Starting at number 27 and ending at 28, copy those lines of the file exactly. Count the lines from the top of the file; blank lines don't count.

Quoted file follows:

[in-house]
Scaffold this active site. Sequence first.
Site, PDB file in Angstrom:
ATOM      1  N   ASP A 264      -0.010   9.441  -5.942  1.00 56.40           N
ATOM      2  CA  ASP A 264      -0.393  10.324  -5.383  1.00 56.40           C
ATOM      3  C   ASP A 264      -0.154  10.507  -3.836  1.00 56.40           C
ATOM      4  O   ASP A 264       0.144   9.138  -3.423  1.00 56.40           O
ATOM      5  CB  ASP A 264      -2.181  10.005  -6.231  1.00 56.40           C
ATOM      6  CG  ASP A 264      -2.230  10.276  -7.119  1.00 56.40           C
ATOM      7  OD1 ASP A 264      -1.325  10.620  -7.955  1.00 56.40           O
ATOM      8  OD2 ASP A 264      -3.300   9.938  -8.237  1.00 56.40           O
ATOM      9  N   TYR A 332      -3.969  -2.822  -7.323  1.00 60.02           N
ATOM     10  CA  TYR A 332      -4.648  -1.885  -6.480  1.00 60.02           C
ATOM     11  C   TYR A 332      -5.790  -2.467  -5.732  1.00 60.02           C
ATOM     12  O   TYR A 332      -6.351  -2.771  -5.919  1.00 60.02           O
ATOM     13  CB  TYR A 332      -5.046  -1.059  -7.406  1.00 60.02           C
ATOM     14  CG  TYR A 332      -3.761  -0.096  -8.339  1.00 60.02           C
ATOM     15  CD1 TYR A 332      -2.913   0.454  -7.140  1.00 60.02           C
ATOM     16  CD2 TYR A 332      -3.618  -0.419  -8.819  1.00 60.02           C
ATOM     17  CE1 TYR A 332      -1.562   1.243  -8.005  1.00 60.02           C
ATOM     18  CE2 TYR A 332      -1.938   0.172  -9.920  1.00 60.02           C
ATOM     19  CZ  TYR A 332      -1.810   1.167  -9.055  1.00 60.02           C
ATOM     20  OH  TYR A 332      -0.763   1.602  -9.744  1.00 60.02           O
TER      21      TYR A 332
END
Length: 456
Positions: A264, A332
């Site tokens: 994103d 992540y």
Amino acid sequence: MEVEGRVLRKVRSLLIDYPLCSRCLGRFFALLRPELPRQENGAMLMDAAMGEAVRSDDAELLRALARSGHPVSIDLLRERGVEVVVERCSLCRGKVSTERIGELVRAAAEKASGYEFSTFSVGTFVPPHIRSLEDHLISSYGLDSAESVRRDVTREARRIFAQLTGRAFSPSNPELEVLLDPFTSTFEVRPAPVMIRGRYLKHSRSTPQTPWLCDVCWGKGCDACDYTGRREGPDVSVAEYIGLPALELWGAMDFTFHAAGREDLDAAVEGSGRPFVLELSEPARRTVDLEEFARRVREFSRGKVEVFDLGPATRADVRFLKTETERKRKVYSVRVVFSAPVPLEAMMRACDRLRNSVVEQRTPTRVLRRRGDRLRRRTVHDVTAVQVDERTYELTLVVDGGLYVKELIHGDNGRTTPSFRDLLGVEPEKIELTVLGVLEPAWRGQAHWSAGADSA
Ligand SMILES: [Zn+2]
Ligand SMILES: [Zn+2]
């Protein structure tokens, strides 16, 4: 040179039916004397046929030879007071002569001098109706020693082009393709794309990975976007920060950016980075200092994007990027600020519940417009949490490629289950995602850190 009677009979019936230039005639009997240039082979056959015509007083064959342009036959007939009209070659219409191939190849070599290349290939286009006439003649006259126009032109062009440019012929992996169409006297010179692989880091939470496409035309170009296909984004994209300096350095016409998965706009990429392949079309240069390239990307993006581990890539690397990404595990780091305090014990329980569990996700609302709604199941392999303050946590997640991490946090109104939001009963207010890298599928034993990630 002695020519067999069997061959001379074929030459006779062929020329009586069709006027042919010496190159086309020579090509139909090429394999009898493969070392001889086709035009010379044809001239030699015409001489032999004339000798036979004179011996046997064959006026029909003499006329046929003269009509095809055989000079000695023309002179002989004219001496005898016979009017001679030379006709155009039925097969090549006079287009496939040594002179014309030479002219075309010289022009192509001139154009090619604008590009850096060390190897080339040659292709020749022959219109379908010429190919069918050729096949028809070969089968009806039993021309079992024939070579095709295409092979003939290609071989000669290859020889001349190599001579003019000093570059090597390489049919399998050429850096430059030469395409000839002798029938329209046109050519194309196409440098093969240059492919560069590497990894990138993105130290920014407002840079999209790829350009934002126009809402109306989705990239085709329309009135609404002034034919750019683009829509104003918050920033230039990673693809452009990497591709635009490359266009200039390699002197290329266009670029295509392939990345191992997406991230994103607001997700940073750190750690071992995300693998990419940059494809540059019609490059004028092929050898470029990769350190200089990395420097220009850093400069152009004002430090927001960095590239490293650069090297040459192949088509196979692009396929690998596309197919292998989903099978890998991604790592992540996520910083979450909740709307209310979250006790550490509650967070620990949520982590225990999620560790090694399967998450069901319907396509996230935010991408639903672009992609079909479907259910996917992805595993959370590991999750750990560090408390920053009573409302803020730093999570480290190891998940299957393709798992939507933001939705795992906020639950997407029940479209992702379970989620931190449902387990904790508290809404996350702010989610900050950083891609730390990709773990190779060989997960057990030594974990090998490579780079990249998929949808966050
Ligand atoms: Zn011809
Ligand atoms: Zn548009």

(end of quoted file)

Positions: A264, A332
């Site tokens: 994103d 992540y």